Forty nine giga tonnes of carbon dioxide per year – sounds quite a lot to me
Rob Haward - 09 February 2011
Rob Haward: Conversion of all of the world’s agricultural land to organic could reduce carbon dioxide equivalent emissions by 49 giga tonnes/year, delaying climate change by 4 to 5 years. The research presented by Urs Niggli at the conference, a professor at one of Europe’s leading research organisations, showed that in a 16 year trial organic farming offered the potential to sequester 2.4 tonnes of CO2e per year more carbon than an equivalent non organic farm. The benefits were most marked in horticultural holdings but were demonstrable in every farm type.
Looked at in the context of the challenges we face does this really matter? Currently organic land only makes up 0.8% of the worlds agricultural land and at current growth rates the world would not become organic for another century. But surely tackling such a big problem will not be achieved by arriving at one solution – if this were the case I suspect we would have found it already. So as a part of the solution this is a really compelling benefit of organic farming – without even thinking about the energy use and nitrous oxide emissions associated with fertiliser and pesticide production that organic farming avoids. Perhaps the question should be how quickly can the worlds farming go organic so that the combined benefit really does make a significant different and quickly.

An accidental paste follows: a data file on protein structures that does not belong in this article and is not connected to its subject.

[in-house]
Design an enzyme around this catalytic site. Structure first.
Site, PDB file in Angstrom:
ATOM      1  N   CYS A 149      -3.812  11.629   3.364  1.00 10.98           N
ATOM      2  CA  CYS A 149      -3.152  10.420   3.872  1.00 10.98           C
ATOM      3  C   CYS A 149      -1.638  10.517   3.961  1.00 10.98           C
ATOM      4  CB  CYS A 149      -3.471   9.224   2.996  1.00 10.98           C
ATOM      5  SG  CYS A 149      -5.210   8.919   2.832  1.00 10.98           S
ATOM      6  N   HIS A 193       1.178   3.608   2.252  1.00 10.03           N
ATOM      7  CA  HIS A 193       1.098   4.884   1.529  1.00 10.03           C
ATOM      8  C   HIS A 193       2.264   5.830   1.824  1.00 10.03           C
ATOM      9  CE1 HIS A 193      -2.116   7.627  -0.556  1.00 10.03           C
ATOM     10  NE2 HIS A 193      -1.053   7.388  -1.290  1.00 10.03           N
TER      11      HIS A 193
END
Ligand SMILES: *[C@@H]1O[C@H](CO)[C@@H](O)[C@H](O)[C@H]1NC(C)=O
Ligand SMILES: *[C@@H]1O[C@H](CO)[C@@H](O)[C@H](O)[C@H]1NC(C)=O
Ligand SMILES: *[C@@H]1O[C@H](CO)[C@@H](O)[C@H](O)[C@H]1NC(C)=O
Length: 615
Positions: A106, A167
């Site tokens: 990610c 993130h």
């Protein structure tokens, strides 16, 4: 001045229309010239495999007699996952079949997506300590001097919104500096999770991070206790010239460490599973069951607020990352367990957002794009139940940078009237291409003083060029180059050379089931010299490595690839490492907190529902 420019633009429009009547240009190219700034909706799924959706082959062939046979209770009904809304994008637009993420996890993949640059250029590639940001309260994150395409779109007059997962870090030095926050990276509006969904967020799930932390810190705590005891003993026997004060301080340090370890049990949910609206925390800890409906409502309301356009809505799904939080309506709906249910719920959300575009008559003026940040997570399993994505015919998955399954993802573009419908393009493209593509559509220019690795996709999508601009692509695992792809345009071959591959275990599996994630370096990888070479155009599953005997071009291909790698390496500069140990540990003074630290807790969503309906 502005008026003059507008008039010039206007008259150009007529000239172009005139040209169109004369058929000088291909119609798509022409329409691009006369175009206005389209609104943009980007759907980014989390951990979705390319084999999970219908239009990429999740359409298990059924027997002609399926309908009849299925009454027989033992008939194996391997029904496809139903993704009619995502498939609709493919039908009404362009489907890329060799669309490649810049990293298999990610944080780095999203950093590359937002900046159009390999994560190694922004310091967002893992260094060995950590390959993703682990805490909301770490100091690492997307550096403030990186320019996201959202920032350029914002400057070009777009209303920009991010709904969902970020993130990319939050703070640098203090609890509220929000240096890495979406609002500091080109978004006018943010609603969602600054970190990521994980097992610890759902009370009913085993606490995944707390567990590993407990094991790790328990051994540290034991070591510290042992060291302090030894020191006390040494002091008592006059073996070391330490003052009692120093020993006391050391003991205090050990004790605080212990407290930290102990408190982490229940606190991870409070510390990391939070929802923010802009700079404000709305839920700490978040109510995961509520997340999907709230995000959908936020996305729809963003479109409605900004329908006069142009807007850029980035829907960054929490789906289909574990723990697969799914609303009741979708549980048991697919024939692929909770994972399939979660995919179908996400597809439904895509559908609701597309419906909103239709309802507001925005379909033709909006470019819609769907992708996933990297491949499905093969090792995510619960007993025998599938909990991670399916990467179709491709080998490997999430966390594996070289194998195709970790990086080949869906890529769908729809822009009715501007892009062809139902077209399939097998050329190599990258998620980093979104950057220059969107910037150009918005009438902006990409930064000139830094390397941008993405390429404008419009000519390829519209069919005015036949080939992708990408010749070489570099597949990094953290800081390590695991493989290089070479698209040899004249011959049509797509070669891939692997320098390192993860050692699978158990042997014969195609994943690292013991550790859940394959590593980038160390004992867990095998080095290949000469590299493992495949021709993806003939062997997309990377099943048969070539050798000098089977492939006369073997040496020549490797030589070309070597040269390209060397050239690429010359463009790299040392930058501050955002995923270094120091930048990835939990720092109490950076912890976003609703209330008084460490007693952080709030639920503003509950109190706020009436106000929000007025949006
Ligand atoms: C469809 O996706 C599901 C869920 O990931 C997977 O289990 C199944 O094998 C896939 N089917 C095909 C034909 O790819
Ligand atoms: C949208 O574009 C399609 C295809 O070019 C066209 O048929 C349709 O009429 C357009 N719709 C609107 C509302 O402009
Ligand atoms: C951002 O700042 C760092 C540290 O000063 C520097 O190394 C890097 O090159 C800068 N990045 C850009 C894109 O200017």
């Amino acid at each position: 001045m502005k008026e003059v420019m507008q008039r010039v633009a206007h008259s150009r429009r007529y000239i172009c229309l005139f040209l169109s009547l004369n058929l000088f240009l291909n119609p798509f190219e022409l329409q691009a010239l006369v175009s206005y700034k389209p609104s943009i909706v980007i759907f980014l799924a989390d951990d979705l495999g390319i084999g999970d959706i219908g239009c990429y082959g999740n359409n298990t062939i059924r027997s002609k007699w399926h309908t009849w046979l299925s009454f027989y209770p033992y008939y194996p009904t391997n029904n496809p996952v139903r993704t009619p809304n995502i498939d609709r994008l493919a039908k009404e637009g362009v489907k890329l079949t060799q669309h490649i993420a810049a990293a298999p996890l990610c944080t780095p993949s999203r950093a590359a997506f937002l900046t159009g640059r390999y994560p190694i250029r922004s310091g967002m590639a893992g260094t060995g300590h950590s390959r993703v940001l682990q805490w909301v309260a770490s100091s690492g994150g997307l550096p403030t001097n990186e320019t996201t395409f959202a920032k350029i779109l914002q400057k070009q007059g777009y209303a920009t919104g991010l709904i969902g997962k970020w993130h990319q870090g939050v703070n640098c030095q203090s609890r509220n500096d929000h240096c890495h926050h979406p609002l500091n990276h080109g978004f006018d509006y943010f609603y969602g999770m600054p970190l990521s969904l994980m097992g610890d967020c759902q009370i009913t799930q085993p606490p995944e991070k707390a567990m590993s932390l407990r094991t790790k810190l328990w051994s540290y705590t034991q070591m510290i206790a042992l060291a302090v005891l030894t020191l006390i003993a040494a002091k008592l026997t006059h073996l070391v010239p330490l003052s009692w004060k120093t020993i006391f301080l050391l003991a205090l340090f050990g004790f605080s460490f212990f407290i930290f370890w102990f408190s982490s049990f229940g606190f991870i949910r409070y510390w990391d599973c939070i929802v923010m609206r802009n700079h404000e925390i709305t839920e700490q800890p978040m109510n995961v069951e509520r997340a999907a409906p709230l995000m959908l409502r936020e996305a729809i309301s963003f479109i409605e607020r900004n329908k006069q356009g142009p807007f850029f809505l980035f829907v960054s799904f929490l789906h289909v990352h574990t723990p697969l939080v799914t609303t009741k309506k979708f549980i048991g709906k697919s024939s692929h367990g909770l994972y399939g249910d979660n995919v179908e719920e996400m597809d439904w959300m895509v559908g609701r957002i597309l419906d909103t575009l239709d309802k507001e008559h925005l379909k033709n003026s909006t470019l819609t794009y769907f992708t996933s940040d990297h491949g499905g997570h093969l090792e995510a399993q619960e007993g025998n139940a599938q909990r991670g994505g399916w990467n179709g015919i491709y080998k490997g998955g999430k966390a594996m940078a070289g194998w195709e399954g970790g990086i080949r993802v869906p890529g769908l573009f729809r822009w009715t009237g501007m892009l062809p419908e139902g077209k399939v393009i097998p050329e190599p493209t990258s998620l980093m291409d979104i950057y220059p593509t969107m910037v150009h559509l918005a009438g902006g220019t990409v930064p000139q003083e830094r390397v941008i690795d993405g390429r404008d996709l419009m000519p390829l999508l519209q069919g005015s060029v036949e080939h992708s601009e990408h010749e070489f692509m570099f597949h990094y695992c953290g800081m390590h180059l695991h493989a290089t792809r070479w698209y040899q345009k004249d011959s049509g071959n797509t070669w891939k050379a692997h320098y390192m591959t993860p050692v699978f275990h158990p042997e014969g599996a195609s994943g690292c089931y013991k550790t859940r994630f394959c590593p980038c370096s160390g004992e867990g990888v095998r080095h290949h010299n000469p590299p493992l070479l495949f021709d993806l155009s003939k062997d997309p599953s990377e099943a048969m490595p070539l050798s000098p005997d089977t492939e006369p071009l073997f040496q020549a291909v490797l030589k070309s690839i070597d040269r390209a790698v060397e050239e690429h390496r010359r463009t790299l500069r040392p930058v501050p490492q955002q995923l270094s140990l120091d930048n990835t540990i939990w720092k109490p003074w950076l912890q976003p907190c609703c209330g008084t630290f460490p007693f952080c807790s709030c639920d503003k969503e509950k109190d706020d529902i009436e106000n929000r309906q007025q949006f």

14 February 2011 20:56
HI, sorry for missing the unit. Its per hectare! thanks for reading.
12 February 2011 22:24
Is that 2.4 tonnes extra C02e sequestered per farm or per acre, and if per farm what is the assumed average acreage ?
09 February 2011 19:45
It's eye-opening stuff not just for farmers and growers - we need to look at how gardeners can help in this big carbon-sinking process. There are millions of gardeners in the UK and tens of millions worldwide. Organic gardeners are already making a substantial contribution to cutting carbon (even if they don't know it!).
Thanks for blogging!
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